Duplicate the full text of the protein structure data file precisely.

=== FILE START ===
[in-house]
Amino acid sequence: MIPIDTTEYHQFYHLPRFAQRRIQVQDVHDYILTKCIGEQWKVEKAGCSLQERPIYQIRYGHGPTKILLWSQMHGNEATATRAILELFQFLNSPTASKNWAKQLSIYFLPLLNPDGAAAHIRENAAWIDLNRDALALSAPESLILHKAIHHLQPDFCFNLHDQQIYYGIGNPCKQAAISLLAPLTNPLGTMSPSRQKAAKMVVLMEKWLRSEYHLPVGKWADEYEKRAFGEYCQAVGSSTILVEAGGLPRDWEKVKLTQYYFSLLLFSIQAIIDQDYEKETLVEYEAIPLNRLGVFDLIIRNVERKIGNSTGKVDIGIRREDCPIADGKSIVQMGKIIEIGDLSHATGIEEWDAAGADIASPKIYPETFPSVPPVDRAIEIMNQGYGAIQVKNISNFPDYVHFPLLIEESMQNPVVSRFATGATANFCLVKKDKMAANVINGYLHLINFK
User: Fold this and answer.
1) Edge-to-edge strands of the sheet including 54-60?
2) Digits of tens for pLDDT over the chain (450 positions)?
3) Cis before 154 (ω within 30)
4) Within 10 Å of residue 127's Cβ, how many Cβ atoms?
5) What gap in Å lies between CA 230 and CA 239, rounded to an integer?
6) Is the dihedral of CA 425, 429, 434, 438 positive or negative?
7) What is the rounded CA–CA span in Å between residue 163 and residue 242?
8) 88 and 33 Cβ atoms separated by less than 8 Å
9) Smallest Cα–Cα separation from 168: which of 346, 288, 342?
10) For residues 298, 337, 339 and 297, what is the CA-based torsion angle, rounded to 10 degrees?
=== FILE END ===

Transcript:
[in-house]
Amino acid sequence: MIPIDTTEYHQFYHLPRFAQRRIQVQDVHDYILTKCIGEQWKVEKAGCSLQERPIYQIRYGHGPTKILLWSQMHGNEATATRAILELFQFLNSPTASKNWAKQLSIYFLPLLNPDGAAAHIRENAAWIDLNRDALALSAPESLILHKAIHHLQPDFCFNLHDQQIYYGIGNPCKQAAISLLAPLTNPLGTMSPSRQKAAKMVVLMEKWLRSEYHLPVGKWADEYEKRAFGEYCQAVGSSTILVEAGGLPRDWEKVKLTQYYFSLLLFSIQAIIDQDYEKETLVEYEAIPLNRLGVFDLIIRNVERKIGNSTGKVDIGIRREDCPIADGKSIVQMGKIIEIGDLSHATGIEEWDAAGADIASPKIYPETFPSVPPVDRAIEIMNQGYGAIQVKNISNFPDYVHFPLLIEESMQNPVVSRFATGATANFCLVKKDKMAANVINGYLHLINFK
User: Fold this and answer.
1) Edge-to-edge strands of the sheet including 54-60?
2) Digits of tens for pLDDT over the chain (450 positions)?
3) Cis before 154 (ω within 30)
4) Within 10 Å of residue 127's Cβ, how many Cβ atoms?
5) What gap in Å lies between CA 230 and CA 239, rounded to an integer?
6) Is the dihedral of CA 425, 429, 434, 438 positive or negative?
7) What is the rounded CA–CA span in Å between residue 163 and residue 242?
8) 88 and 33 Cβ atoms separated by less than 8 Å
9) Smallest Cα–Cα separation from 168: which of 346, 288, 342?
10) For residues 298, 337, 339 and 297, what is the CA-based torsion angle, rounded to 10 degrees?